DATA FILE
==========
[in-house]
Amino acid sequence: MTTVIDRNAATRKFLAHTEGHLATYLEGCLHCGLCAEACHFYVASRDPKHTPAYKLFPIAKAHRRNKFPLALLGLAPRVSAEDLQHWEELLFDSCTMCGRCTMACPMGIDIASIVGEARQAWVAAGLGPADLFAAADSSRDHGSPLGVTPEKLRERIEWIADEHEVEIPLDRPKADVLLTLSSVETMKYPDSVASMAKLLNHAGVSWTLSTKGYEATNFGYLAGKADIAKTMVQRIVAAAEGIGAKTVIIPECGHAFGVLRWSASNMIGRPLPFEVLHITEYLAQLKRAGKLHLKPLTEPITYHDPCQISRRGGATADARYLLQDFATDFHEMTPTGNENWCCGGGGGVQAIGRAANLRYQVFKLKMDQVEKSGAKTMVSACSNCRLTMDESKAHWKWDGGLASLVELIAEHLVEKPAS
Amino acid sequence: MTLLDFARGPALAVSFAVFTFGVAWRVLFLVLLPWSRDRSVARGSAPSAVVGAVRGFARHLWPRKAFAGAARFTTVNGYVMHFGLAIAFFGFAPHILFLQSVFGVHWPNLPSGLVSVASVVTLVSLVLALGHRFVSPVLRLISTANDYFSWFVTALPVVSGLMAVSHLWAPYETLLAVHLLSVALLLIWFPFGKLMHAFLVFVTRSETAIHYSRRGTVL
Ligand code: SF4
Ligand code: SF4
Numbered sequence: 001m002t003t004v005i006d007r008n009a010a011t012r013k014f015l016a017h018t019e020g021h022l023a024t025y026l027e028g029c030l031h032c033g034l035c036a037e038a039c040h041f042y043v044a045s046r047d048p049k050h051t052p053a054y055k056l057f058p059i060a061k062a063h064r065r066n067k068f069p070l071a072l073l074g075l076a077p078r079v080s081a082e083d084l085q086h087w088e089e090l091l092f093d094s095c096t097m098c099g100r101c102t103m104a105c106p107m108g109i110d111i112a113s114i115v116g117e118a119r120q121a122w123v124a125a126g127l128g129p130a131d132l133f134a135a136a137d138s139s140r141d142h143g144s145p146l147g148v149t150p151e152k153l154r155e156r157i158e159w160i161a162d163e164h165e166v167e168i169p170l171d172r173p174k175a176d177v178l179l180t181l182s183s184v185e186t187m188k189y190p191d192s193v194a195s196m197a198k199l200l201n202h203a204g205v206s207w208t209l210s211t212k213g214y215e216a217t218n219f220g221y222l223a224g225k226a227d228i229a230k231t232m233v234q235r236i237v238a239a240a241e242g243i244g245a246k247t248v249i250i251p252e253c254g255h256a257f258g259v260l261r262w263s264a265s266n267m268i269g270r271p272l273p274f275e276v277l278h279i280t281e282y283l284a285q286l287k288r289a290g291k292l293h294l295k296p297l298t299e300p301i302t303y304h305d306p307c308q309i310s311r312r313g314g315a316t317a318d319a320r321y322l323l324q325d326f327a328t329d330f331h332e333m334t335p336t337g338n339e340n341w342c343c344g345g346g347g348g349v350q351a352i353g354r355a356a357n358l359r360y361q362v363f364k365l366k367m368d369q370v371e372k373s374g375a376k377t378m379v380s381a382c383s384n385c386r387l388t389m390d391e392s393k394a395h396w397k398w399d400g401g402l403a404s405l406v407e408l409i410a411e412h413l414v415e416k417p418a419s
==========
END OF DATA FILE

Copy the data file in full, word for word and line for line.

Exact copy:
[in-house]
Amino acid sequence: MTTVIDRNAATRKFLAHTEGHLATYLEGCLHCGLCAEACHFYVASRDPKHTPAYKLFPIAKAHRRNKFPLALLGLAPRVSAEDLQHWEELLFDSCTMCGRCTMACPMGIDIASIVGEARQAWVAAGLGPADLFAAADSSRDHGSPLGVTPEKLRERIEWIADEHEVEIPLDRPKADVLLTLSSVETMKYPDSVASMAKLLNHAGVSWTLSTKGYEATNFGYLAGKADIAKTMVQRIVAAAEGIGAKTVIIPECGHAFGVLRWSASNMIGRPLPFEVLHITEYLAQLKRAGKLHLKPLTEPITYHDPCQISRRGGATADARYLLQDFATDFHEMTPTGNENWCCGGGGGVQAIGRAANLRYQVFKLKMDQVEKSGAKTMVSACSNCRLTMDESKAHWKWDGGLASLVELIAEHLVEKPAS
Amino acid sequence: MTLLDFARGPALAVSFAVFTFGVAWRVLFLVLLPWSRDRSVARGSAPSAVVGAVRGFARHLWPRKAFAGAARFTTVNGYVMHFGLAIAFFGFAPHILFLQSVFGVHWPNLPSGLVSVASVVTLVSLVLALGHRFVSPVLRLISTANDYFSWFVTALPVVSGLMAVSHLWAPYETLLAVHLLSVALLLIWFPFGKLMHAFLVFVTRSETAIHYSRRGTVL
Ligand code: SF4
Ligand code: SF4
Numbered sequence: 001m002t003t004v005i006d007r008n009a010a011t012r013k014f015l016a017h018t019e020g021h022l023a024t025y026l027e028g029c030l031h032c033g034l035c036a037e038a039c040h041f042y043v044a045s046r047d048p049k050h051t052p053a054y055k056l057f058p059i060a061k062a063h064r065r066n067k068f069p070l071a072l073l074g075l076a077p078r079v080s081a082e083d084l085q086h087w088e089e090l091l092f093d094s095c096t097m098c099g100r101c102t103m104a105c106p107m108g109i110d111i112a113s114i115v116g117e118a119r120q121a122w123v124a125a126g127l128g129p130a131d132l133f134a135a136a137d138s139s140r141d142h143g144s145p146l147g148v149t150p151e152k153l154r155e156r157i158e159w160i161a162d163e164h165e166v167e168i169p170l171d172r173p174k175a176d177v178l179l180t181l182s183s184v185e186t187m188k189y190p191d192s193v194a195s196m197a198k199l200l201n202h203a204g205v206s207w208t209l210s211t212k213g214y215e216a217t218n219f220g221y222l223a224g225k226a227d228i229a230k231t232m233v234q235r236i237v238a239a240a241e242g243i244g245a246k247t248v249i250i251p252e253c254g255h256a257f258g259v260l261r262w263s264a265s266n267m268i269g270r271p272l273p274f275e276v277l278h279i280t281e282y283l284a285q286l287k288r289a290g291k292l293h294l295k296p297l298t299e300p301i302t303y304h305d306p307c308q309i310s311r312r313g314g315a316t317a318d319a320r321y322l323l324q325d326f327a328t329d330f331h332e333m334t335p336t337g338n339e340n341w342c343c344g345g346g347g348g349v350q351a352i353g354r355a356a357n358l359r360y361q362v363f364k365l366k367m368d369q370v371e372k373s374g375a376k377t378m379v380s381a382c383s384n385c386r387l388t389m390d391e392s393k394a395h396w397k398w399d400g401g402l403a404s405l406v407e408l409i410a411e412h413l414v415e416k417p418a419s